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Overview of API 510 - Pressure Vessel Inspection Code

API 510 - Pressure Vessel Inspection Code: In-Service Inspection, Rating, Repair, and Alteration - is an inspection code developed and published by the American Petroleum Institute (API). The code covers inspection, repair, alteration, and rerating activities for pressure vessels and the pressure relieving devices that protect vessels covered by the code. The most recent edition (10th) was released May 2014.

First published in 1958 as a recommended practice, API 510 serves as a guide for internal and external inspections, as well as on-stream and thickness measurement inspections of pressure vessels. The code has grown and evolved over the years to account for innovations in technology, changes in inspection practices, and new methodologies. For example, the minimum requirements for implementing risk-based inspection as an alternative to conventional inspection planning criteria was introduced to the code in the 1990s.

API RP 572 supplements API 510 to provide logic and best practices that assist practitioners in the “how to” inspect pressure vessels.

Industry Application

API 510 applies to most refining and chemical processing vessels that have been placed into service. However, API 510 can also be applied in other industries where pressure vessels are used at the discretion of the operator.

The code covers vessels which have been constructed in accordance with construction codes, such as the ASME Boiler and Pressure Vessel Code. It also covers vessels that have not been constructed in accordance with a construction code or were constructed in accordance to a code that has not been recognized. These are often referred to as noncode vessels. Additionally, vessels that were constructed in accordance with a recognized construction code but have lost their nameplate or stamping are also covered under API 510. The code does not cover vessels that have been decommissioned or those that are excluded per section 1.2.2 (e.g. jurisdictionally regulated pressure vessels on movable structures, classes of containers exempted from the scope of ASME Section VIII).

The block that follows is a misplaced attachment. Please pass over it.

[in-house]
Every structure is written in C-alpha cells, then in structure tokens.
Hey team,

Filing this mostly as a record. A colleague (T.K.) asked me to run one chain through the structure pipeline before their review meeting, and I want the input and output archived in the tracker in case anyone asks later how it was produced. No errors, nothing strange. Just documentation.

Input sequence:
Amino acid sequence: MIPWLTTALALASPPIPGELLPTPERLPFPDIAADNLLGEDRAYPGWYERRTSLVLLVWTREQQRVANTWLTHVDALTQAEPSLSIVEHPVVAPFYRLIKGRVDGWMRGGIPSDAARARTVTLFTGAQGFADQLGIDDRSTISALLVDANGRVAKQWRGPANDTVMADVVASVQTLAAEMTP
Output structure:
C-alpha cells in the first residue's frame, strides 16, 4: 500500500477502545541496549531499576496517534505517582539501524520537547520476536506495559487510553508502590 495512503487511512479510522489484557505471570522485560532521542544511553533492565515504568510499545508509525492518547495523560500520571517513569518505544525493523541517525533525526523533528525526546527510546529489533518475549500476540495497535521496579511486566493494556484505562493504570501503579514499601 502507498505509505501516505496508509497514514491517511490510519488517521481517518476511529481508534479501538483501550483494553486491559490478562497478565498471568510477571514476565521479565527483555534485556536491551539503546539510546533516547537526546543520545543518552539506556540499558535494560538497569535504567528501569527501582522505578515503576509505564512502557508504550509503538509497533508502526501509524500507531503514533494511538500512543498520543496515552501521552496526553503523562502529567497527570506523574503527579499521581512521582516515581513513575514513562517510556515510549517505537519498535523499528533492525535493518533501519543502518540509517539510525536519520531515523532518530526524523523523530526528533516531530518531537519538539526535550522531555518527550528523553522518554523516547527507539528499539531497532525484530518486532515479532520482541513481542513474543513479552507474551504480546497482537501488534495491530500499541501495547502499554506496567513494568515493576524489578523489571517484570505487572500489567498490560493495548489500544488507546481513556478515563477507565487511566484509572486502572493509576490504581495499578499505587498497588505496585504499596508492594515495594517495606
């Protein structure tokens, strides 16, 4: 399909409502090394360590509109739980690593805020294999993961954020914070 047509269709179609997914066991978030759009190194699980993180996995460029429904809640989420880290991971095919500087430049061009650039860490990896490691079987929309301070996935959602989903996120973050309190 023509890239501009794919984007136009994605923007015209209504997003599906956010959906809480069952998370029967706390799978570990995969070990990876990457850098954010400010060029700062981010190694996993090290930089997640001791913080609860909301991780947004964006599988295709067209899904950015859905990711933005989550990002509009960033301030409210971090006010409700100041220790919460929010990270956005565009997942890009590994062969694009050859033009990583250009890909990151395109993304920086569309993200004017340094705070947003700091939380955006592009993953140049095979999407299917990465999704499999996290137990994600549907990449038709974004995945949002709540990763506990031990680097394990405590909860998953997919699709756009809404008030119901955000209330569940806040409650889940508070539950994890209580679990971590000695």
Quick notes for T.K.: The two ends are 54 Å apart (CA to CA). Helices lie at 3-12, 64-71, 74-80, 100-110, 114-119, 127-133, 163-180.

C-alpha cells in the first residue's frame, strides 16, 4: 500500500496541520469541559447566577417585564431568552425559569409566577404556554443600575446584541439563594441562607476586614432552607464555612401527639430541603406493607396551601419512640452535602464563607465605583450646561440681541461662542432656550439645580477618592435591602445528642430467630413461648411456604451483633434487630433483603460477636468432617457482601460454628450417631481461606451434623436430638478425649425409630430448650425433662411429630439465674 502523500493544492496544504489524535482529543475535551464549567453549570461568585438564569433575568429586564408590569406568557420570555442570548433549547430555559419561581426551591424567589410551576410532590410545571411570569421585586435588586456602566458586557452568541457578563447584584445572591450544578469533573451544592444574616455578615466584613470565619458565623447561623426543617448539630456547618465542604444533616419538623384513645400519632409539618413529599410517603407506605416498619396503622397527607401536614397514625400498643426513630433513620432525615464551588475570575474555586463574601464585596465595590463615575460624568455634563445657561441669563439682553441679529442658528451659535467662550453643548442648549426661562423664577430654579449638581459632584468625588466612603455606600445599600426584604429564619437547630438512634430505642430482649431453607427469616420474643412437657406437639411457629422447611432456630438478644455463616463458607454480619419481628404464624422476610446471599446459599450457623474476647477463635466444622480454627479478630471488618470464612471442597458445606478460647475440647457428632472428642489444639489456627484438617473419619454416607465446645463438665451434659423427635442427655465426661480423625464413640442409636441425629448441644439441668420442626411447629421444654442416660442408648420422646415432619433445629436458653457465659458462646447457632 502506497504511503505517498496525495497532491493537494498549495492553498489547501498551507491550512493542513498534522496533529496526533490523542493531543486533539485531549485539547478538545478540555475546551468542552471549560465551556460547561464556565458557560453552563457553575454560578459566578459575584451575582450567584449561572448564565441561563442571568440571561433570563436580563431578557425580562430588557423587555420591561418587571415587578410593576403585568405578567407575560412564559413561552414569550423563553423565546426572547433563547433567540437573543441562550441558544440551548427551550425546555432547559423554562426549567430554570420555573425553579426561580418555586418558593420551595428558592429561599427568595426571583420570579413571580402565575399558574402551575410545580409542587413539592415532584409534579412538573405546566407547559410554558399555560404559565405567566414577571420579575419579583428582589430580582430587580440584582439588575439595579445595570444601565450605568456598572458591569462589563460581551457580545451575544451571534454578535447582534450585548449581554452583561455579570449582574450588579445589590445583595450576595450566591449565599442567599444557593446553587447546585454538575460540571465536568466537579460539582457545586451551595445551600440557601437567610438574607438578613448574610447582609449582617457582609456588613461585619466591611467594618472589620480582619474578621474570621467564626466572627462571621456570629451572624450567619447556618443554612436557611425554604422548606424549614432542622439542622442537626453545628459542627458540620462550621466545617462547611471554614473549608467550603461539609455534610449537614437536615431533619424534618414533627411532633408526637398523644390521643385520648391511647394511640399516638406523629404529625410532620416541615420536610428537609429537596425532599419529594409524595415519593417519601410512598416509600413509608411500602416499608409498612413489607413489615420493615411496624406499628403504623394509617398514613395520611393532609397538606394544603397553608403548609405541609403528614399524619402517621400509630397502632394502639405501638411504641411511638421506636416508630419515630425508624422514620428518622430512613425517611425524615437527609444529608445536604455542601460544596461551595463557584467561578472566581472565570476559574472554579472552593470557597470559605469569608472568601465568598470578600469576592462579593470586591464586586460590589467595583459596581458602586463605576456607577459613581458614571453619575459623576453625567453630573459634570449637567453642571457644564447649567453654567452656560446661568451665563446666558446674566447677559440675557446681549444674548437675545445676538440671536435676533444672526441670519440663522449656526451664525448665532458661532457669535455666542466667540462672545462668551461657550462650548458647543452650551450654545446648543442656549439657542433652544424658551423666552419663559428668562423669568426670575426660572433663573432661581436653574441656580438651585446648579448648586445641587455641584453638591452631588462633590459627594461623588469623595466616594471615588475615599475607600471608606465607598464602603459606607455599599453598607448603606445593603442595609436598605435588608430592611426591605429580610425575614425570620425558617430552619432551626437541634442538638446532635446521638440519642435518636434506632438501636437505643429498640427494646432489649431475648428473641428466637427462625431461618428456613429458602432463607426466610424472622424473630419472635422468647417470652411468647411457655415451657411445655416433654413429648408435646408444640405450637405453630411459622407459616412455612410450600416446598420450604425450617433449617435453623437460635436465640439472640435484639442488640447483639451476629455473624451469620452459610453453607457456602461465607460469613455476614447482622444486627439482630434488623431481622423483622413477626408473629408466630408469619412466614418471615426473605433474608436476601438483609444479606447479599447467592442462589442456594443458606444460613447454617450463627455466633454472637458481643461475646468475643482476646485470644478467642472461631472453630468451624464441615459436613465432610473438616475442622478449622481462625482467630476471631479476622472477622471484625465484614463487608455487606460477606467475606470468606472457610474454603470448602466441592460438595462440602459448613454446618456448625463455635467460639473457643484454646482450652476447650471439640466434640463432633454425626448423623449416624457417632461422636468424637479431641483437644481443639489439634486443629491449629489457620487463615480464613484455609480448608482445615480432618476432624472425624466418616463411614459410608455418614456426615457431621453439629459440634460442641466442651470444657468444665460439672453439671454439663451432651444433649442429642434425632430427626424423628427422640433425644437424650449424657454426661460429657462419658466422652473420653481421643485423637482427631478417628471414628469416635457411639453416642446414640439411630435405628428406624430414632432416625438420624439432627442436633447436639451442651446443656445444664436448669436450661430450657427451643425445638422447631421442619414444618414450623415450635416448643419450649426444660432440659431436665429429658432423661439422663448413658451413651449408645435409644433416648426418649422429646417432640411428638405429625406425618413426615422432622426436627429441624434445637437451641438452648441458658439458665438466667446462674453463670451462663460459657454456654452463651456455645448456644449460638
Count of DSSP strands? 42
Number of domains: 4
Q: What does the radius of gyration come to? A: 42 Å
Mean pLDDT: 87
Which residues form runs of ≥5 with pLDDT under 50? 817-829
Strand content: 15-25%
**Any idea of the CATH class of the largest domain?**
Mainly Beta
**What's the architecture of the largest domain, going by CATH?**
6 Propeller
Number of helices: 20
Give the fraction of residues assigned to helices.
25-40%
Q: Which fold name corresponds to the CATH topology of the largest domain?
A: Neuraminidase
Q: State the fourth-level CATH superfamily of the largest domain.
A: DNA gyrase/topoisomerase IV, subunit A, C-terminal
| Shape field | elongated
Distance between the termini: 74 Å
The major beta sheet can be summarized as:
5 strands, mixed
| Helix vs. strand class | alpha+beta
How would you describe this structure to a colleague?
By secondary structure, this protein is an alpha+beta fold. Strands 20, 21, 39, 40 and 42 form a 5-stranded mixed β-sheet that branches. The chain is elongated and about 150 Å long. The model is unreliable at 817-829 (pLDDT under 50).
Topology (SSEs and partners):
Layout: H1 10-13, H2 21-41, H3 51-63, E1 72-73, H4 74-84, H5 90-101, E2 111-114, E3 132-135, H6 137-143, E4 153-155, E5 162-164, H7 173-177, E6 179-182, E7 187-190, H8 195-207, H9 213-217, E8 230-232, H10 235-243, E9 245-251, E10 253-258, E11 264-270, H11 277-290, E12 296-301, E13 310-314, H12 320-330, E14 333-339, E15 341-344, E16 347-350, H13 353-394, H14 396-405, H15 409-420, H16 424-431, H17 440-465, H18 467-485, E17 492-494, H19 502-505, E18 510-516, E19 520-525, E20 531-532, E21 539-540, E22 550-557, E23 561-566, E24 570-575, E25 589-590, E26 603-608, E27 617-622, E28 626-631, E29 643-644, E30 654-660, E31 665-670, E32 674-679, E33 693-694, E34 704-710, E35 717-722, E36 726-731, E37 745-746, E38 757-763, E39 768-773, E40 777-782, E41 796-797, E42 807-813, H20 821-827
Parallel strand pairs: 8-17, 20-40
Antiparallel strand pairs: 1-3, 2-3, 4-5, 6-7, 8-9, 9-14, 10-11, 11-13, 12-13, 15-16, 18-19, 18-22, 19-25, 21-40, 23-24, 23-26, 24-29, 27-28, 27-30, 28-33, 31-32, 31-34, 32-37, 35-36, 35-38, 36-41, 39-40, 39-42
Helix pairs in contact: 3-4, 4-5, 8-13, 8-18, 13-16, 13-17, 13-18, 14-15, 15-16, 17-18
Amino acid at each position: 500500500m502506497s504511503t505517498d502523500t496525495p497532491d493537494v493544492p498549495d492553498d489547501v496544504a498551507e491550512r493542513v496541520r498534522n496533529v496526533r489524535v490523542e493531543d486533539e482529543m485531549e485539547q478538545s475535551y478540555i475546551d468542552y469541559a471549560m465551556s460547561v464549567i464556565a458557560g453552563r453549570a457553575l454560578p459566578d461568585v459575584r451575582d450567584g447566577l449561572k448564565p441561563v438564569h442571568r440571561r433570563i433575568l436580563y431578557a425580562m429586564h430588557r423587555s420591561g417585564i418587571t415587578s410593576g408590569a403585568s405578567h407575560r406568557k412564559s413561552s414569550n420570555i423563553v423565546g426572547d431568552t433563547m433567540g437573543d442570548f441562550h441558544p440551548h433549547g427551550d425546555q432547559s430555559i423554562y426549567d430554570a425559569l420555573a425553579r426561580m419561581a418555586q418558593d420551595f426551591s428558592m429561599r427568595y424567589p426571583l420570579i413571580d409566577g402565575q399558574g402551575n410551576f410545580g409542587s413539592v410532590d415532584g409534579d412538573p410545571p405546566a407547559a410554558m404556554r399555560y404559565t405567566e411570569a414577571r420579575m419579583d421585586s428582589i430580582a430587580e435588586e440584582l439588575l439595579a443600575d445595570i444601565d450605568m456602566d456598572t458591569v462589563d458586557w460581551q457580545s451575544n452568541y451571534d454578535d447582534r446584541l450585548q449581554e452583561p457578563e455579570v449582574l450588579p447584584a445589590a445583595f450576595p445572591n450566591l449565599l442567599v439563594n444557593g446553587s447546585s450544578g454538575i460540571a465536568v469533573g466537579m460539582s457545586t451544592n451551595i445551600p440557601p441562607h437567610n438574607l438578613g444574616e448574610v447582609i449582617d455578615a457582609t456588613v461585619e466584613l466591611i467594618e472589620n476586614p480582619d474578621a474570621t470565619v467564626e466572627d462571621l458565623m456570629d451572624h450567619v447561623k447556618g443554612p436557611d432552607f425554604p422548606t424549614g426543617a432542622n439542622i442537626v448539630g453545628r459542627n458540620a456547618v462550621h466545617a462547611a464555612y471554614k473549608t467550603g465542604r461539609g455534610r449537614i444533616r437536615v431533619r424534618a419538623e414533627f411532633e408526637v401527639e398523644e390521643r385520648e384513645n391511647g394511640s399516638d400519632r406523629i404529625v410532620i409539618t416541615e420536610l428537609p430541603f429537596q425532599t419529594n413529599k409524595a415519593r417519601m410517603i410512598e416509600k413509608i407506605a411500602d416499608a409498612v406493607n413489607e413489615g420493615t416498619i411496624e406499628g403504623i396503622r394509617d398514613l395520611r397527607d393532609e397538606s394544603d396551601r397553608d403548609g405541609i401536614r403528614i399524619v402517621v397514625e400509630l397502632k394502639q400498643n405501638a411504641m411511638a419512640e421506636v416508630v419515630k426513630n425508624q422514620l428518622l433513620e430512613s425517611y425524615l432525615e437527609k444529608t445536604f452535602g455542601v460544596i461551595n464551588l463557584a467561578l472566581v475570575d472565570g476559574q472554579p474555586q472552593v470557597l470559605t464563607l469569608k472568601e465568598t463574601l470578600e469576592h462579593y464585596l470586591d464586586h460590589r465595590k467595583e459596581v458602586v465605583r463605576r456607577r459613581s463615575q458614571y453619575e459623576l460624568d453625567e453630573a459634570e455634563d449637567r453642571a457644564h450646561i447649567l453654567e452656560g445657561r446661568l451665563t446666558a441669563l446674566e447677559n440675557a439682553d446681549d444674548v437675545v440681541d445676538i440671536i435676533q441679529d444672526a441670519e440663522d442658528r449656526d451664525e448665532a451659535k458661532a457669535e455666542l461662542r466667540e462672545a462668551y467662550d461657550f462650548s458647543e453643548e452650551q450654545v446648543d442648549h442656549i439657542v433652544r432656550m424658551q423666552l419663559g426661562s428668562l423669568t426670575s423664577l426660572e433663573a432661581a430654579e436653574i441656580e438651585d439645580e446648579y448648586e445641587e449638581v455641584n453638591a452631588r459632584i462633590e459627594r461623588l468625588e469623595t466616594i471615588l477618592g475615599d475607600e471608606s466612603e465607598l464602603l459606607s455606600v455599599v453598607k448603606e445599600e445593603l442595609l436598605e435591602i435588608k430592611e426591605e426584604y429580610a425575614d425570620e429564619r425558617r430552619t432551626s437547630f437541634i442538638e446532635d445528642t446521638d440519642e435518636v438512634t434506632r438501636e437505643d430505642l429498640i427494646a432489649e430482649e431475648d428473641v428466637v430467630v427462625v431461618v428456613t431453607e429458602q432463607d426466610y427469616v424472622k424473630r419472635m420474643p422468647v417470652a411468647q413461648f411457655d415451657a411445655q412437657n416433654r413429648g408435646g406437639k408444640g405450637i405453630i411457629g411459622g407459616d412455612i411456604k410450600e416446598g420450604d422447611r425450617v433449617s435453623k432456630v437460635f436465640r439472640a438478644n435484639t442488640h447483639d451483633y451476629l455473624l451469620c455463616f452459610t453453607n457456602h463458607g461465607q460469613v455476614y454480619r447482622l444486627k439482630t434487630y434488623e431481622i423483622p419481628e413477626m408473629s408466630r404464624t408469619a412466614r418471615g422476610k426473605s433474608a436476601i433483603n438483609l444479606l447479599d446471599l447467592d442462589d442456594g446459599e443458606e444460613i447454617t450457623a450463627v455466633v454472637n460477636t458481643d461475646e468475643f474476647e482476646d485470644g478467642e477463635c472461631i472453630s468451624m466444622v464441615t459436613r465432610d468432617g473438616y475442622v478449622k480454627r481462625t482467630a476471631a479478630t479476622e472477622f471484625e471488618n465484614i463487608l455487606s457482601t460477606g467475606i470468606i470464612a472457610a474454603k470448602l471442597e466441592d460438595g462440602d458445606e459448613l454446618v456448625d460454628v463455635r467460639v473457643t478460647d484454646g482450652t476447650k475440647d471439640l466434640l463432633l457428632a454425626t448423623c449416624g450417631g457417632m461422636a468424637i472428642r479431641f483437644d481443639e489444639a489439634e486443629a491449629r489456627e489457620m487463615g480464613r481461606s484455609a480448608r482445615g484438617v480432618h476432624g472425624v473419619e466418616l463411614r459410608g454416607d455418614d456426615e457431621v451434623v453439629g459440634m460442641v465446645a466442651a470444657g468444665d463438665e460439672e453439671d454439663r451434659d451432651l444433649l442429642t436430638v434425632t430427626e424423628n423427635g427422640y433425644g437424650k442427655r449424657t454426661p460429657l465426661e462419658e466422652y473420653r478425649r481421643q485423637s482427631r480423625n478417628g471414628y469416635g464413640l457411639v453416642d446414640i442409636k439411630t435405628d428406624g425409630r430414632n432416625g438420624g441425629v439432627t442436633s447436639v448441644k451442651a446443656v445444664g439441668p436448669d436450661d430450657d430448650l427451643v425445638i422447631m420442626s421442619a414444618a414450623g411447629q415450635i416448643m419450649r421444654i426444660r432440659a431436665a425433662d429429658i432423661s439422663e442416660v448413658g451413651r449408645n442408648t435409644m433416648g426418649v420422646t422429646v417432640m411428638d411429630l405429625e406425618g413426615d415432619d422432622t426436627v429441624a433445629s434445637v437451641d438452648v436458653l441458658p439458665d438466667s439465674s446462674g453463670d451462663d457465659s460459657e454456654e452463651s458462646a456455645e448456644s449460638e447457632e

Pressure Vessel Inspector Certification

API offers a 510 certification through their Individual Certification Program. The purpose of the certification is to identify individuals that possess broad knowledge in maintenance, inspection, repair, and alteration of pressure vessels. In order to receive the certification, applicants must pass a two part — one closed-book and one open-book — examination. The closed-book test requires candidates demonstrate an everyday working knowledge of API 510 and related documents. The open-book test requires candidates to show proficiency in more detailed issues where answers aren’t normally memorized but can be found in relevant documents.

In order to sit for the exam, applicants must meet minimum education and experience requirements. Applicants with no formal education can apply to sit for the exam after acquiring 5 years of relevant industry experience. An applicant with a high school diploma or equivalent can apply after acquiring 3 years of relevant industry experience. Applicants with 2 year degrees or certificates in engineering or technology require 2 years of relevant experience. Those holding a bachelor of science or higher degree must have 1 year of experience. All applicants must have at least 1 year of experience supervising or performing inspection activities described in API 510. In order to maintain certification, pressure vessel inspectors must apply for recertification every 3 years.

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